Category "Faculty Memories"
May 3, 2006
Hello from Dwight Larsen
I'm probably one of the most insignificant but most blessed people to come out of the U of M theatre program.I got my MFA degree in 1972 and have been constantly working in my field. To date, 20 years at the Guthrie Theater and the next 12 years at the Childrens Theatre in Mpls have made my career. I was told by others once that Dr.Josal once said he was sorry he had never been able to place me in an academic situation. Thank you , Sir. Because I never wanted that . The professional theatre has been my life and rightly so. My career has suited me well. And I also give great credit to Wendell and Jean for my original formation. I am who I am from what I learned from you.
Category "Faculty Memories"
November 7, 2005
It seems like yesterday or the mind is the second thing to go!!!
The 75th Anniversary Season or our diamond celebration is a time for me to reflect on three decades of wonderful students. I was here for the 50th and still see in my faded memory Bob Moulton leading us in happy birthday from the landing of the grand staircase. He established Scholarship 50 that has grown through the generosity of so many and now supports theatre and dance students annually. It was an occasion and now that I have 25 years of time and perhaps experience (still dumber than a stump)--the event means that much more to me.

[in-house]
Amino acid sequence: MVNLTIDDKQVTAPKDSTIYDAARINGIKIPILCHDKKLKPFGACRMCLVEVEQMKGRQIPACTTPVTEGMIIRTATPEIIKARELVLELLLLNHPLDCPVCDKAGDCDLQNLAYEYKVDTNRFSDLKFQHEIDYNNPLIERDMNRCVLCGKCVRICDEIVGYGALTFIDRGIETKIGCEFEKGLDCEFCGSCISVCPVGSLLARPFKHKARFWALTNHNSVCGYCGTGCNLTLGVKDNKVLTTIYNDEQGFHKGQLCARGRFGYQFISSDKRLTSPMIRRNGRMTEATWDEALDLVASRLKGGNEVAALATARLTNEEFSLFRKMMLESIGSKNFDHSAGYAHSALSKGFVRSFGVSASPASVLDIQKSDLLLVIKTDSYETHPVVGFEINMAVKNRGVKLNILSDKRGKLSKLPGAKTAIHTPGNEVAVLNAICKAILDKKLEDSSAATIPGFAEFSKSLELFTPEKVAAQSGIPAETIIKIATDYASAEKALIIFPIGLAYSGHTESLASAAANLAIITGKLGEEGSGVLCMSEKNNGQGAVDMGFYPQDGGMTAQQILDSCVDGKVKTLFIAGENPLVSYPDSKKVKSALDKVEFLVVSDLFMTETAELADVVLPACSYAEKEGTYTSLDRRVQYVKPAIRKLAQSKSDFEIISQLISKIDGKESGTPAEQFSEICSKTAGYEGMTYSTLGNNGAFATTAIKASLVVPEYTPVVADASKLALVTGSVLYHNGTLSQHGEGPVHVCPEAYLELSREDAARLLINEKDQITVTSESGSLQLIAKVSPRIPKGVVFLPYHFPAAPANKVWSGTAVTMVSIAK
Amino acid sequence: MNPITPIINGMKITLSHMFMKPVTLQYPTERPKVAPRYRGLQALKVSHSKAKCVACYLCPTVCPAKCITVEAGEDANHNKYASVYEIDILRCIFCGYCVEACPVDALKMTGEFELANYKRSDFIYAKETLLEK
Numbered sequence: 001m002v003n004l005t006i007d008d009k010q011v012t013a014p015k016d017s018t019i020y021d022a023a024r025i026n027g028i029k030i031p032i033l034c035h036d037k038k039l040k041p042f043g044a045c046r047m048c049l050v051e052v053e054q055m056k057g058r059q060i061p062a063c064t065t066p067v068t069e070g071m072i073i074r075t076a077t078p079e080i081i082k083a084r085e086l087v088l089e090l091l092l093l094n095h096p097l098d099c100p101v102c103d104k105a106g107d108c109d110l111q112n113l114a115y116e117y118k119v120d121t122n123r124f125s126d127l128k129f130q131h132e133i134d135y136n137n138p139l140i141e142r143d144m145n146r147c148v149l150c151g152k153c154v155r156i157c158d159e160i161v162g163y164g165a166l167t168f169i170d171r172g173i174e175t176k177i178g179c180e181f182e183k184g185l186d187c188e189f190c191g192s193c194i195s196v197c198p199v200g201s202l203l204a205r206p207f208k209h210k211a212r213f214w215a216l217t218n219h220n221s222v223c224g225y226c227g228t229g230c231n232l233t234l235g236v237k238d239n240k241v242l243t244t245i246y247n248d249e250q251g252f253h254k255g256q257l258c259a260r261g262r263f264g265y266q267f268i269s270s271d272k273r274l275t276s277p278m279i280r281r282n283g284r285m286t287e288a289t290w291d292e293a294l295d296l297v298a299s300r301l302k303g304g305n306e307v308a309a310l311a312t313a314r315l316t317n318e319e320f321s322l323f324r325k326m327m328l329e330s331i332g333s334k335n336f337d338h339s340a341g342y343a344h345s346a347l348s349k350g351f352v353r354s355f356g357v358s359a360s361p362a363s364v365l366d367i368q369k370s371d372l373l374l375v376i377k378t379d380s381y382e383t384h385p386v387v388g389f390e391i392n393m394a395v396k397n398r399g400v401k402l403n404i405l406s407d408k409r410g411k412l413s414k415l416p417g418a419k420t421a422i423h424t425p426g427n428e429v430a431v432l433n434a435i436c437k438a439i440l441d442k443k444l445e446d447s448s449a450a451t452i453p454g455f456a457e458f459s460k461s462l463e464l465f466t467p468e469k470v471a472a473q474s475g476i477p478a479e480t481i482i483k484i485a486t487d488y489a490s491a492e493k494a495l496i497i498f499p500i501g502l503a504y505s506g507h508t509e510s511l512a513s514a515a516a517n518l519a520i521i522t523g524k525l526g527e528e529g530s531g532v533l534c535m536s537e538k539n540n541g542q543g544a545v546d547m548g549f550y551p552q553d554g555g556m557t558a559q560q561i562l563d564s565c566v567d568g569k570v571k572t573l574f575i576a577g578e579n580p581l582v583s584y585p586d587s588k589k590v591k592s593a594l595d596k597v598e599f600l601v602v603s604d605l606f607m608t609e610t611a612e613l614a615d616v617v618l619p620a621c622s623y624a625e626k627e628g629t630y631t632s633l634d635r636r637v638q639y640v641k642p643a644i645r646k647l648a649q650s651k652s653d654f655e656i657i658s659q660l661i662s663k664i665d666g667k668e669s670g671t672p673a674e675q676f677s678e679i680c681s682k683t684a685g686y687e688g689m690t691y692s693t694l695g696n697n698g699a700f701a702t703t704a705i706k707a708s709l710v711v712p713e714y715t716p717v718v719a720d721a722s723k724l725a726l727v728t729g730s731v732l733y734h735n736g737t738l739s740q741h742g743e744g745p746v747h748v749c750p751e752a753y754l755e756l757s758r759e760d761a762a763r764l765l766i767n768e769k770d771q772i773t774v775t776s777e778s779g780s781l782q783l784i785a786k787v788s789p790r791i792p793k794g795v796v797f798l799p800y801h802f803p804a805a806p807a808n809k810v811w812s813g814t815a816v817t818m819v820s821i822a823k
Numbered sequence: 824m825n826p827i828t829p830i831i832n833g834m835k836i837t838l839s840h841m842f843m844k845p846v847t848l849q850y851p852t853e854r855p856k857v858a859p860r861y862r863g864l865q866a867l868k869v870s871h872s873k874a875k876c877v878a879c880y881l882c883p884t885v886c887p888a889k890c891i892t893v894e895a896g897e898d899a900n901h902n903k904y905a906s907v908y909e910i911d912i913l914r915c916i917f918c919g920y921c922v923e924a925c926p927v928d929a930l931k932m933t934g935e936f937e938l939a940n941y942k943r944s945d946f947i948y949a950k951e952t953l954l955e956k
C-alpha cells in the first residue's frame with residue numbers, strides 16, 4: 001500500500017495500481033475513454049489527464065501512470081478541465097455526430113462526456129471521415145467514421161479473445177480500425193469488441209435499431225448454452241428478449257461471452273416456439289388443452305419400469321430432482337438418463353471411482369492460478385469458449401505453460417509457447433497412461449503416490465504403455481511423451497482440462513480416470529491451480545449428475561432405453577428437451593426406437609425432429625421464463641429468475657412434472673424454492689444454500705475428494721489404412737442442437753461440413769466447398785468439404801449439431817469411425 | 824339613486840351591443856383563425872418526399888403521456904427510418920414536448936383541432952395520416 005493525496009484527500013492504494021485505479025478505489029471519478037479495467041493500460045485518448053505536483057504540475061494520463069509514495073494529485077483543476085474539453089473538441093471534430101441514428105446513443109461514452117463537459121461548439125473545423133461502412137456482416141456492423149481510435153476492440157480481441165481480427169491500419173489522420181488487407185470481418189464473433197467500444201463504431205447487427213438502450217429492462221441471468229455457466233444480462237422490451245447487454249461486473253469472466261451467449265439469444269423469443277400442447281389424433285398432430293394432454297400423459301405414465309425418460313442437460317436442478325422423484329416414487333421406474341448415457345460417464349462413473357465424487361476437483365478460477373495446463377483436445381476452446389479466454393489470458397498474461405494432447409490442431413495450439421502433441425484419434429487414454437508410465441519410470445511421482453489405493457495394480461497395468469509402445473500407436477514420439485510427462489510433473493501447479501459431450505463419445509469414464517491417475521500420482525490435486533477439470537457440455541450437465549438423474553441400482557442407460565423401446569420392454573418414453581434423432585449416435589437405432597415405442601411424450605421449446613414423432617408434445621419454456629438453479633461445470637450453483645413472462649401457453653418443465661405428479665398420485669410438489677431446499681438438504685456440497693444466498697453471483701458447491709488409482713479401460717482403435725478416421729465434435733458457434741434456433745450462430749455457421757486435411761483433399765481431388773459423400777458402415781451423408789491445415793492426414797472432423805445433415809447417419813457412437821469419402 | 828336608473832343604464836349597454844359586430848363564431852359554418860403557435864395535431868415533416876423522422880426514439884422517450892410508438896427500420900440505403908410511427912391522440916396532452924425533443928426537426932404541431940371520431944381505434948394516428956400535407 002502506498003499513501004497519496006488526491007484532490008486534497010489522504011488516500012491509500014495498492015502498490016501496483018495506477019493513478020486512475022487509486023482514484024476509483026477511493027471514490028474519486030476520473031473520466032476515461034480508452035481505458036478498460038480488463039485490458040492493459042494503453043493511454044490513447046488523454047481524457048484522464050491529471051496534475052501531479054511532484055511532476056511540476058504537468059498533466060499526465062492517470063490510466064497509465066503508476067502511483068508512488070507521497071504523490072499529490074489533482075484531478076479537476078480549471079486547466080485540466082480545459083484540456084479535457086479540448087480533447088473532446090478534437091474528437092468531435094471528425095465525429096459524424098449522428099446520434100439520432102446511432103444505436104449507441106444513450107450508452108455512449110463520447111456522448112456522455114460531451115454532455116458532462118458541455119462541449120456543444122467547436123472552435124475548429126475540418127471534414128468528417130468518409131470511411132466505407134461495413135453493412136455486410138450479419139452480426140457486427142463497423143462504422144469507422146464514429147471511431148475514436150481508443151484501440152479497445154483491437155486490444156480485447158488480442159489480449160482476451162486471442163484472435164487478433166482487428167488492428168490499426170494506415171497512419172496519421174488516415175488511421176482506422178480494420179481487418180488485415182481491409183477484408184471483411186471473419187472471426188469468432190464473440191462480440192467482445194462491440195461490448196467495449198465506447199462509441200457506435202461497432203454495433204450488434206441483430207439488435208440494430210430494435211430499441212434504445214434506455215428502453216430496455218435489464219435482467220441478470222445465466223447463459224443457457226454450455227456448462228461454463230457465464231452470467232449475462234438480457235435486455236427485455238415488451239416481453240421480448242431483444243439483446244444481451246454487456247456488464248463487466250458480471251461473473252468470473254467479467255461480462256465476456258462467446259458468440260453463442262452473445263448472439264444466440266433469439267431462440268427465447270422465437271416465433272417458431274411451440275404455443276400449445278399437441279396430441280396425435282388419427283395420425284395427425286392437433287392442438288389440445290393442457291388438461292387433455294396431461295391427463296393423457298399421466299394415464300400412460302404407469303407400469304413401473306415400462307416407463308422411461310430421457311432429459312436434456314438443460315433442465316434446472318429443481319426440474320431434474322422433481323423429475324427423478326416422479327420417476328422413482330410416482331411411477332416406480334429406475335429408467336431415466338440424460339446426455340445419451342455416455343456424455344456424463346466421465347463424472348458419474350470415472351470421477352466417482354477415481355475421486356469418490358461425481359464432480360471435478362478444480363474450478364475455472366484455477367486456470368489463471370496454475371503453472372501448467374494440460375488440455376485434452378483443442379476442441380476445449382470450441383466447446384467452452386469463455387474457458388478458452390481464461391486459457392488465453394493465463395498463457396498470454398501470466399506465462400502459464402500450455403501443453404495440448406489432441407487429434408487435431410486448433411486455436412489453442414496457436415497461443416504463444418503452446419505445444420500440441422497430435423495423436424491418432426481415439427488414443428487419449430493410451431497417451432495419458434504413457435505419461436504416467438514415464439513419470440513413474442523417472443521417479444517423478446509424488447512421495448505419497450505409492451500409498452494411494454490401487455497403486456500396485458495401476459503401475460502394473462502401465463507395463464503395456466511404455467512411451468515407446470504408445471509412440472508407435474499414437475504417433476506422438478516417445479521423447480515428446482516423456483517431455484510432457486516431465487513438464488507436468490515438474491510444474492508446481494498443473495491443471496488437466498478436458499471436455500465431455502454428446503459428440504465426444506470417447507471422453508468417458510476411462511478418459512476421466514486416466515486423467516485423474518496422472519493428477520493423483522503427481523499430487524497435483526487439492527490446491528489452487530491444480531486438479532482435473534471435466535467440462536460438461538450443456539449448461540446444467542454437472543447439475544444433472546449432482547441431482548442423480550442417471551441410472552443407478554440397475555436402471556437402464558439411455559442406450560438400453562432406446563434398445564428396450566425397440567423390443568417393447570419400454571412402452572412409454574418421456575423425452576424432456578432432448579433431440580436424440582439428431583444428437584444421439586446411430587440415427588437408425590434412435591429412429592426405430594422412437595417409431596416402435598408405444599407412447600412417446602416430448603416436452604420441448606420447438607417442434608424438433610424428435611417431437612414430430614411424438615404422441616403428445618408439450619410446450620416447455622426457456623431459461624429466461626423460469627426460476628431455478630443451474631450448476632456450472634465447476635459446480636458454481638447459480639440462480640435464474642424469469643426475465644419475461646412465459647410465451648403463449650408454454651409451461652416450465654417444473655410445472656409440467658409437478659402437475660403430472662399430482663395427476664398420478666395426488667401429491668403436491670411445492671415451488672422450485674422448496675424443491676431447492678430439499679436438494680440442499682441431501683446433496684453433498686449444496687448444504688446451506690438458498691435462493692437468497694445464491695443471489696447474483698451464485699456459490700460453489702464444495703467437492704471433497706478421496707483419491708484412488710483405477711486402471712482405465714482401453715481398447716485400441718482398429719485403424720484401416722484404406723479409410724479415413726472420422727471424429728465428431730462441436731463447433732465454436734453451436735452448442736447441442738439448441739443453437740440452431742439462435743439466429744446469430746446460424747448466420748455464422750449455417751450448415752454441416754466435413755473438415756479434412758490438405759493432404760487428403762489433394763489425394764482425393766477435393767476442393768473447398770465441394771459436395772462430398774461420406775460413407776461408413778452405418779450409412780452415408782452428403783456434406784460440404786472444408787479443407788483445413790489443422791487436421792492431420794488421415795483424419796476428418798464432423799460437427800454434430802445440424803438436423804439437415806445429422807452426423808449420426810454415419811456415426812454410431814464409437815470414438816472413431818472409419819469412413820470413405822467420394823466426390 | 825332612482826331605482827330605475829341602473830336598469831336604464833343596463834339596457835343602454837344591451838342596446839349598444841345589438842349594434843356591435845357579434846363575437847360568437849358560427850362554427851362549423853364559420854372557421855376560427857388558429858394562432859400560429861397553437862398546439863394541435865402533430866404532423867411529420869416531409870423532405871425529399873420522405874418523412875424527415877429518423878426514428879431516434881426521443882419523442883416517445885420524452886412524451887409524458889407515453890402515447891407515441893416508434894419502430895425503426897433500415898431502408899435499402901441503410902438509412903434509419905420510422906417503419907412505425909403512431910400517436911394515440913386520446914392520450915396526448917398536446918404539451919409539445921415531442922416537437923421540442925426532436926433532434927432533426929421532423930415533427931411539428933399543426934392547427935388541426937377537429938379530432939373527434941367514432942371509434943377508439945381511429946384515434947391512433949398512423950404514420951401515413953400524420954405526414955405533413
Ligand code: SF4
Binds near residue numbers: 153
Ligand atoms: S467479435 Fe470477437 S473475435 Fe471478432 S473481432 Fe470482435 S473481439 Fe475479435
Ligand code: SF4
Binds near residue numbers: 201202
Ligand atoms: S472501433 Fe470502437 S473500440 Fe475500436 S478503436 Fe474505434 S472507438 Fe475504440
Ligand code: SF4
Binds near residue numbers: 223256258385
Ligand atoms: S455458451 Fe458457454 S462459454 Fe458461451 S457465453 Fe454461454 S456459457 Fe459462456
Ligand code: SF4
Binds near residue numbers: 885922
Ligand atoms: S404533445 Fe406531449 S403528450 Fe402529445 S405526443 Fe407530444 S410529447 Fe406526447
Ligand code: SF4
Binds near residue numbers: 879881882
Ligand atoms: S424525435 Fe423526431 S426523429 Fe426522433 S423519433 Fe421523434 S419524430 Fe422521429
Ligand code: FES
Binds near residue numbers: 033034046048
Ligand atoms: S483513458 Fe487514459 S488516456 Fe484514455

As I go through the history of the department that is posted on this website, my life flashes before my eyes and the memory of some of the antics that various students have pulled during the Rarig years just makes me smile. I will never forget the "Lowering the Dome Party" thrown by my staff two weeks after the official celebration of the inflation of the Metrodome--it was a downtown event. It seems an early snowstorm overloaded the fabric roof tearing a sizeable hole while the press gave us a live, blow-by-blow description of the deflating of the dome. The next day on my way to the shop for top of the hour, I passed all of the caution and warning signs that a "lowering of the dome party" was taking place. Well, of course when I went in the shop the staff had draped plastic from all of the sprinkler pipes, loaded the plastic with snow, had buckets collecting the water as they threw snow balls at each other--they did have on safety helmets. Not the glorious celebration of two weeks previous but certainly a fitting conclusion for the first inflation/deflation of the dome.